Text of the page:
George Jones’ “White Lightning” is a classic country song that tells the story of a moonshine runner who makes and delivers illegal alcohol. The song, released in 1959, was written by J.P. Richardson, better known as The Big Bopper.
The lyrics of “White Lightning” describe the high-speed chase between the law enforcement officers and the moonshine runner, nicknamed “the mountain man.” The narrator describes the excitement and danger of the chase, with lines like “Well, the G-men, T-men, revenuers too / Searching for the place where he made his brew.”
The meaning of the song goes beyond just the thrill of the chase, however. The lyrics also offer a glimpse into the culture of moonshining, which was once a common practice in rural areas of the United States. Moonshining was often a way for people to make extra money during hard times, and it was seen as a way to stick it to the government that imposed high taxes on legal alcohol.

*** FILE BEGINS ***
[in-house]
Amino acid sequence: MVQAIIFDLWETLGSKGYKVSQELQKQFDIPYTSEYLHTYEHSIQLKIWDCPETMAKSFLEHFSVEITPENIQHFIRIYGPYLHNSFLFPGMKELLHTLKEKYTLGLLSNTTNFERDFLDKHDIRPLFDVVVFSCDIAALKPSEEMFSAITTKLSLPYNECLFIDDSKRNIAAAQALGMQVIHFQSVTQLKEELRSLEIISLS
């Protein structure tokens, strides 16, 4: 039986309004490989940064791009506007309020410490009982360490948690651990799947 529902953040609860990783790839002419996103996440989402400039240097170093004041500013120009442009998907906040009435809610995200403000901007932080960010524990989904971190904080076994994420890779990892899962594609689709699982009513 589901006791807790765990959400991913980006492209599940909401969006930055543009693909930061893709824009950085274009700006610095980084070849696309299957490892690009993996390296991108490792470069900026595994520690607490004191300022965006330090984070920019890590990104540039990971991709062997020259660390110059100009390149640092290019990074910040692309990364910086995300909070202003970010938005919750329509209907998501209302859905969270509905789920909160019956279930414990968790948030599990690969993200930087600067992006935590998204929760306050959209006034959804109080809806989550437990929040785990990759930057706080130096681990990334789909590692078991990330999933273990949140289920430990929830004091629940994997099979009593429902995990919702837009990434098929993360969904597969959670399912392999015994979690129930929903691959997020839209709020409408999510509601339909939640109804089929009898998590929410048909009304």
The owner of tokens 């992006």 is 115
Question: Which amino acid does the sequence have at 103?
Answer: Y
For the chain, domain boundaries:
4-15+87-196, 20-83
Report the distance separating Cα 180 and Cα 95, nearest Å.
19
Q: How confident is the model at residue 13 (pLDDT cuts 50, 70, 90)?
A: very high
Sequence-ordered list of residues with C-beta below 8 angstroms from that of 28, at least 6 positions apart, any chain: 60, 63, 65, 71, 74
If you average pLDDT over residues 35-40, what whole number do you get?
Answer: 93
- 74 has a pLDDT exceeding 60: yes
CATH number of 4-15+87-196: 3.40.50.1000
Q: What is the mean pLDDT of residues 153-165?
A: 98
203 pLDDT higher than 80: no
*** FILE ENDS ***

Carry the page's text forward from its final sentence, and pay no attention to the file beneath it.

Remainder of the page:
Jones’ delivery of the song is powerful and urgent, conveying the sense of danger and excitement that comes with running from the law. His voice is gritty and full of emotion, capturing the spirit of the moonshiners and their rebellious ways.
Despite the outlaw nature of the moonshining industry, “White Lightning” remains a beloved classic among country music fans. It speaks to a time when life was simpler and more rugged, and when people had to rely on their wits and cunning to get by.
In many ways, “White Lightning” serves as a time capsule of a bygone era in American history. The song captures the essence of a culture that was once widespread but is now largely forgotten, and it reminds us of the power of music to preserve our cultural heritage.